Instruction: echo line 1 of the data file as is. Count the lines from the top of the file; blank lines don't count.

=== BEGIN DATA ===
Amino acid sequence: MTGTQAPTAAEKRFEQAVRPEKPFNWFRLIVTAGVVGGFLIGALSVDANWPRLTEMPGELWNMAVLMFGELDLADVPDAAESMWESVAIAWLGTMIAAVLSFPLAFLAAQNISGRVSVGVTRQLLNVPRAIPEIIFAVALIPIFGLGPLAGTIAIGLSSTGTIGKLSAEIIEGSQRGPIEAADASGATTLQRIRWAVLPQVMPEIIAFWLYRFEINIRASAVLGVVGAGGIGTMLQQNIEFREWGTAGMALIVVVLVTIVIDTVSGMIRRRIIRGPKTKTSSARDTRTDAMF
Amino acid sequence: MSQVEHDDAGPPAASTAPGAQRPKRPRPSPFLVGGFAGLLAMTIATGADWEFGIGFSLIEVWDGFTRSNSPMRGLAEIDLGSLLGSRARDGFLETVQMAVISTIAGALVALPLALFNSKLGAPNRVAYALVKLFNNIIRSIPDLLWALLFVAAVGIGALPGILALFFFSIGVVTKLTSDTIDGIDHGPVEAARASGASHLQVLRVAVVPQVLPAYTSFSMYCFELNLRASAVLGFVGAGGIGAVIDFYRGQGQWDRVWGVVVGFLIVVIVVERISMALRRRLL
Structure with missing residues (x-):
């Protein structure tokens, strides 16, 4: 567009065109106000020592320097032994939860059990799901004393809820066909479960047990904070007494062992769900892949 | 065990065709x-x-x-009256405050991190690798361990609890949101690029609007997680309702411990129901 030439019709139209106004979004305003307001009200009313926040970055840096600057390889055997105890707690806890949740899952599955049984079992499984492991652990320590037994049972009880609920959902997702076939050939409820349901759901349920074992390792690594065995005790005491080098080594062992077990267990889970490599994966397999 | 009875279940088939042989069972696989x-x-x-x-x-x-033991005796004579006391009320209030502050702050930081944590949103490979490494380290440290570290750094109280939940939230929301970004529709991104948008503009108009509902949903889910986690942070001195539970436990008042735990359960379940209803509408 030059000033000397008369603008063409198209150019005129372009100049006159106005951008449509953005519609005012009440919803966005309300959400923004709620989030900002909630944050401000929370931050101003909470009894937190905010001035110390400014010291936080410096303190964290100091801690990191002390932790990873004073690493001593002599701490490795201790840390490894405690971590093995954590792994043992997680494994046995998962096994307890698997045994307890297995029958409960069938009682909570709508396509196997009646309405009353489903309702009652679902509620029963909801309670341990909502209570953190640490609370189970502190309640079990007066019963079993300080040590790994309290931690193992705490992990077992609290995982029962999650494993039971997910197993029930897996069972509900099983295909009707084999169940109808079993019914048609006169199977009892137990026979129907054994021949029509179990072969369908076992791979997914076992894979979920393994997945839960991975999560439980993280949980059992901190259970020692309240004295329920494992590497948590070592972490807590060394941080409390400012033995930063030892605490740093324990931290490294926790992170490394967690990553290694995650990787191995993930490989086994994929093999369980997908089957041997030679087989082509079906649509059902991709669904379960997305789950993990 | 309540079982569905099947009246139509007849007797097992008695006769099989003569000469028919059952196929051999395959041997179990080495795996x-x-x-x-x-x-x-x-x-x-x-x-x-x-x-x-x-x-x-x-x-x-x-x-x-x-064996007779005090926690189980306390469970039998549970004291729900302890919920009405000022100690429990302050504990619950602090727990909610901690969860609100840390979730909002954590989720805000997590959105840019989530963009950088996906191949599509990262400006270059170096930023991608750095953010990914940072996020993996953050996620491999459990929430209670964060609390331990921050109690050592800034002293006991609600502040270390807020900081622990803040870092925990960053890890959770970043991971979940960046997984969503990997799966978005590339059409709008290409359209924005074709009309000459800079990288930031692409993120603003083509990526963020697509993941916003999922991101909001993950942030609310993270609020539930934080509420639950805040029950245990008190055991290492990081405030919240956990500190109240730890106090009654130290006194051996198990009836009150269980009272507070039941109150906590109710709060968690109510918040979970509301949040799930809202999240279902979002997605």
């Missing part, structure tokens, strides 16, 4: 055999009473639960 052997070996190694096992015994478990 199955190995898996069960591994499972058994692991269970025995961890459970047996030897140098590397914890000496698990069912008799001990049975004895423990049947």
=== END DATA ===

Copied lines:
Amino acid sequence: MTGTQAPTAAEKRFEQAVRPEKPFNWFRLIVTAGVVGGFLIGALSVDANWPRLTEMPGELWNMAVLMFGELDLADVPDAAESMWESVAIAWLGTMIAAVLSFPLAFLAAQNISGRVSVGVTRQLLNVPRAIPEIIFAVALIPIFGLGPLAGTIAIGLSSTGTIGKLSAEIIEGSQRGPIEAADASGATTLQRIRWAVLPQVMPEIIAFWLYRFEINIRASAVLGVVGAGGIGTMLQQNIEFREWGTAGMALIVVVLVTIVIDTVSGMIRRRIIRGPKTKTSSARDTRTDAMF